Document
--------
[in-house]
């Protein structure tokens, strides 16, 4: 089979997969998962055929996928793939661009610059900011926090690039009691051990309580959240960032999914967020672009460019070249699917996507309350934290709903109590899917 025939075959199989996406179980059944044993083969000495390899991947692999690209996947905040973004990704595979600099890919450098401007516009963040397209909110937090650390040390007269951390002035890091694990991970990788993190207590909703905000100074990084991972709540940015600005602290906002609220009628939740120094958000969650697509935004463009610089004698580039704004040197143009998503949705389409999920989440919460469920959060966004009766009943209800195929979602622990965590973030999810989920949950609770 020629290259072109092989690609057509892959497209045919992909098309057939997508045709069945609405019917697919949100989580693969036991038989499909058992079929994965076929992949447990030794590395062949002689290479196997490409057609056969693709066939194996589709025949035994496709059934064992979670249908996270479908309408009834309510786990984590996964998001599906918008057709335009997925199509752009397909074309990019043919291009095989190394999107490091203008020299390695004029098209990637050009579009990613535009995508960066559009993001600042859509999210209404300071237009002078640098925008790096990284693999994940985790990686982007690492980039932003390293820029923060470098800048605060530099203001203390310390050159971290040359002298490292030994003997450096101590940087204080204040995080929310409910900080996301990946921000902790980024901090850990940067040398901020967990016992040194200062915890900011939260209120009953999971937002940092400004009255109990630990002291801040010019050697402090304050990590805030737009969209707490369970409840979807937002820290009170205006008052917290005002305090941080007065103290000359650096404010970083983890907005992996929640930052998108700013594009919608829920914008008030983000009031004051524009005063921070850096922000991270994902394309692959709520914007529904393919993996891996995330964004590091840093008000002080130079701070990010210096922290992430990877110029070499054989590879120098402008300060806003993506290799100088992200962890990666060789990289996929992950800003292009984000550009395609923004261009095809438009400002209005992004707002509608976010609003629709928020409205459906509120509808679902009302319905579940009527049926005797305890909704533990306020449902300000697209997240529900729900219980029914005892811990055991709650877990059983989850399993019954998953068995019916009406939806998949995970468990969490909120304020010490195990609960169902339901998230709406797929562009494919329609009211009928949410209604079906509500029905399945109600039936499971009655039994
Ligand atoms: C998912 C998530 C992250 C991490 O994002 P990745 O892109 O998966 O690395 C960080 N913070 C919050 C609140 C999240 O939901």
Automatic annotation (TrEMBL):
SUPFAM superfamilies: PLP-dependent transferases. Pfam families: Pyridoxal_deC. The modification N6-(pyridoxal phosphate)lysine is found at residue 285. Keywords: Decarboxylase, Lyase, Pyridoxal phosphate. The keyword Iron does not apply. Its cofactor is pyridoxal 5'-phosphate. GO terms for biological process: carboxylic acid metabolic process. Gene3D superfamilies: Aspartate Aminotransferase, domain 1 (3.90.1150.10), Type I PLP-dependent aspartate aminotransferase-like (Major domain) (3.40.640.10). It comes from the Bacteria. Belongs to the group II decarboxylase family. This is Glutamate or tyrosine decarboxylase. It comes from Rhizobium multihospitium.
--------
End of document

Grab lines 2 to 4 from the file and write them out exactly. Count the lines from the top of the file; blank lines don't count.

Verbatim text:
């Protein structure tokens, strides 16, 4: 089979997969998962055929996928793939661009610059900011926090690039009691051990309580959240960032999914967020672009460019070249699917996507309350934290709903109590899917 025939075959199989996406179980059944044993083969000495390899991947692999690209996947905040973004990704595979600099890919450098401007516009963040397209909110937090650390040390007269951390002035890091694990991970990788993190207590909703905000100074990084991972709540940015600005602290906002609220009628939740120094958000969650697509935004463009610089004698580039704004040197143009998503949705389409999920989440919460469920959060966004009766009943209800195929979602622990965590973030999810989920949950609770 020629290259072109092989690609057509892959497209045919992909098309057939997508045709069945609405019917697919949100989580693969036991038989499909058992079929994965076929992949447990030794590395062949002689290479196997490409057609056969693709066939194996589709025949035994496709059934064992979670249908996270479908309408009834309510786990984590996964998001599906918008057709335009997925199509752009397909074309990019043919291009095989190394999107490091203008020299390695004029098209990637050009579009990613535009995508960066559009993001600042859509999210209404300071237009002078640098925008790096990284693999994940985790990686982007690492980039932003390293820029923060470098800048605060530099203001203390310390050159971290040359002298490292030994003997450096101590940087204080204040995080929310409910900080996301990946921000902790980024901090850990940067040398901020967990016992040194200062915890900011939260209120009953999971937002940092400004009255109990630990002291801040010019050697402090304050990590805030737009969209707490369970409840979807937002820290009170205006008052917290005002305090941080007065103290000359650096404010970083983890907005992996929640930052998108700013594009919608829920914008008030983000009031004051524009005063921070850096922000991270994902394309692959709520914007529904393919993996891996995330964004590091840093008000002080130079701070990010210096922290992430990877110029070499054989590879120098402008300060806003993506290799100088992200962890990666060789990289996929992950800003292009984000550009395609923004261009095809438009400002209005992004707002509608976010609003629709928020409205459906509120509808679902009302319905579940009527049926005797305890909704533990306020449902300000697209997240529900729900219980029914005892811990055991709650877990059983989850399993019954998953068995019916009406939806998949995970468990969490909120304020010490195990609960169902339901998230709406797929562009494919329609009211009928949410209604079906509500029905399945109600039936499971009655039994
Ligand atoms: C998912 C998530 C992250 C991490 O994002 P990745 O892109 O998966 O690395 C960080 N913070 C919050 C609140 C999240 O939901």
Automatic annotation (TrEMBL):